It was apparent that Roger had nothing more specific to tell us that evening. The discussion turned to some other things. Along the way, I had some questions I thought might be important to answer if Sally and I should choose to make the decision Roger would like us to.

We were talking about the others, those Roger had come to refer to has his misfit friends.

"Roger, do they all know who you are? I mean do they all know you are a non-earth human?"

"No, not all of them. Margo knows, and Franz Wolfe, but Peter Sterling does not know; at least I never told him. I sometimes think he has somehow guessed it, from some of his comments. I told Ned Carpenter, but I do not think he believed me. I'm not sure what he thinks, and he's too polite to say. Joel and Rena Rice know and have known for a long time. They have been very dear and important friends which I'll miss more than I can say. Margo can tell you much more about them, Mark.

"Ruth Sparberger is also a misfit, by the way. She's not a recluse, as she's rumored to be. Never pay attention to this world's rumors. You've met her and know what a delightful person she is, her almost childlike innocent charm, yet she has rare and profound insights.

I have not told Jo or Ruth, at least not directly. Ruth once told me she was sure she was an alien who did not belong in this world and that she thought I was one too. I assured her we both were, but of course she was speaking metaphorically. In spite of her great insight, I do not think she caught the literalness of my agreement.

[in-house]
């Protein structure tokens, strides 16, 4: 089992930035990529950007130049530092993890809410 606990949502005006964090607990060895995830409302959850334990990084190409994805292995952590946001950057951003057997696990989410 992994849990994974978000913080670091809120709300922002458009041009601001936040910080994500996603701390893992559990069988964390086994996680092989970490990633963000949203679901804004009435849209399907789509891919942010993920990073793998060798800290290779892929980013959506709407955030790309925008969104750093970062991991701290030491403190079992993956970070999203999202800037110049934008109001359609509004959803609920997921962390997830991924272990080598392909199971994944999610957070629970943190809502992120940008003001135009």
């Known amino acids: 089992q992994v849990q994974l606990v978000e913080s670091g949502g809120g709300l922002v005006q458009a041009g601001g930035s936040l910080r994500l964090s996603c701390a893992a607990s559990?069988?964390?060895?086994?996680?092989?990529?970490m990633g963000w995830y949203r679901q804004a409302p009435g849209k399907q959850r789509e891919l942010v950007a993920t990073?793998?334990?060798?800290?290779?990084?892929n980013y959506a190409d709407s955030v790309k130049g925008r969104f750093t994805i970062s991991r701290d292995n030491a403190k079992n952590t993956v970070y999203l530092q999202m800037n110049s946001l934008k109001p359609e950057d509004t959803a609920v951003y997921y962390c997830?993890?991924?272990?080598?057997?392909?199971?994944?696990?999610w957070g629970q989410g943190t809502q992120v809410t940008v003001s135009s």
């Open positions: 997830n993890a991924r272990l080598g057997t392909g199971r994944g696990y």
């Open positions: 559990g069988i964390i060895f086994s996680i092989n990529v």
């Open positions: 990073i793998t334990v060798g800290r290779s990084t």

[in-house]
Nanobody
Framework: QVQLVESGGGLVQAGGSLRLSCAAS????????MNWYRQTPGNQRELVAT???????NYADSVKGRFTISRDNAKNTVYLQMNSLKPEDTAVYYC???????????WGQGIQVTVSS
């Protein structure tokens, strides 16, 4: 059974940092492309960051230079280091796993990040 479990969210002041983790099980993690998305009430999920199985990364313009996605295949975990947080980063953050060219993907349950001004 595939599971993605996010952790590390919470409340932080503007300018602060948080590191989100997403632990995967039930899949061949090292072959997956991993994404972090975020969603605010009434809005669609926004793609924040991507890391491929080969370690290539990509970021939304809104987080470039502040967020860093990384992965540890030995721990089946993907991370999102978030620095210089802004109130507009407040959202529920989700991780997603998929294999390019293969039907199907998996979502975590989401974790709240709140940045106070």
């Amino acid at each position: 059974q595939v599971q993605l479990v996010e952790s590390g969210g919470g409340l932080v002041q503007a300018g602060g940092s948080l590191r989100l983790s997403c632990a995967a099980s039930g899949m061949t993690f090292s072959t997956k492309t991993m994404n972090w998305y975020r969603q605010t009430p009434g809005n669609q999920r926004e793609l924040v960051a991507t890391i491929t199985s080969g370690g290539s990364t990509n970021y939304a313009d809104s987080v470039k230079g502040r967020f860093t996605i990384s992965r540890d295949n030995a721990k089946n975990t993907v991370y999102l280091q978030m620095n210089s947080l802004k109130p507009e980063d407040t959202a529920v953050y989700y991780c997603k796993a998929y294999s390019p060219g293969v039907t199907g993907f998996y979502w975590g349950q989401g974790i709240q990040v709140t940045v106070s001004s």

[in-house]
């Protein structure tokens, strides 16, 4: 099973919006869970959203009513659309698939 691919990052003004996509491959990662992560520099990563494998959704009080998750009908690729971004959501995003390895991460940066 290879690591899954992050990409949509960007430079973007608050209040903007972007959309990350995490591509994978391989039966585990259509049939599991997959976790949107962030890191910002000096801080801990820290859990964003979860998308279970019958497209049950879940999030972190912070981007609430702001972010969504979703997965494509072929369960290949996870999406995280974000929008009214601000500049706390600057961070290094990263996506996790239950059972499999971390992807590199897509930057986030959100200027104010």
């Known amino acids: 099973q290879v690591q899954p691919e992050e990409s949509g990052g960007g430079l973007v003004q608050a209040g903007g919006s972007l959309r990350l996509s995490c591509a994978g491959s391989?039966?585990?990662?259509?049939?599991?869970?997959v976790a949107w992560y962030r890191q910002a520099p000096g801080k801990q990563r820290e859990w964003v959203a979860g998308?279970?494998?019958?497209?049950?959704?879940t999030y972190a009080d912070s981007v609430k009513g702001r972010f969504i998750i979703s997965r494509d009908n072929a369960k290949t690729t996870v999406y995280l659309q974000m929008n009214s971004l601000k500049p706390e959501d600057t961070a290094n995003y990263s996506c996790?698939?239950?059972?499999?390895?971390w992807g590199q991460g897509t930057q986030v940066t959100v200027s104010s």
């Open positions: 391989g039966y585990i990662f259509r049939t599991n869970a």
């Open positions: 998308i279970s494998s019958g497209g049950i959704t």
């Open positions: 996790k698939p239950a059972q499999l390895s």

"Frank knows who I really am, but it almost does not matter. When I told her, she did not react at all. It was as though I had told her I was from Toledo. She just said something like, 'Well I knew you weren't from around here,' and went on with whatever pressing business matter she was talking about. She's the most independent woman I know in any world, even more independent than Margo, or you Sally. But of course you already know that," he grinned.

He was speaking to Sally, not me. Sally knew Frank, of course, but I really didn't know her at all, although I would.

"Margo knows the most about me, even more than you or the Rices, Mark. She doesn't know some of the technical details, and wouldn't be interested, but she knows more about me personally. She spent hours with me having me tell her about my world, and all the other worlds I've seen. She knows most of my history in this world as well, which is why she knows so much about the Rices. Since you'll be writing about me, you will find her an invaluable resource, Mark.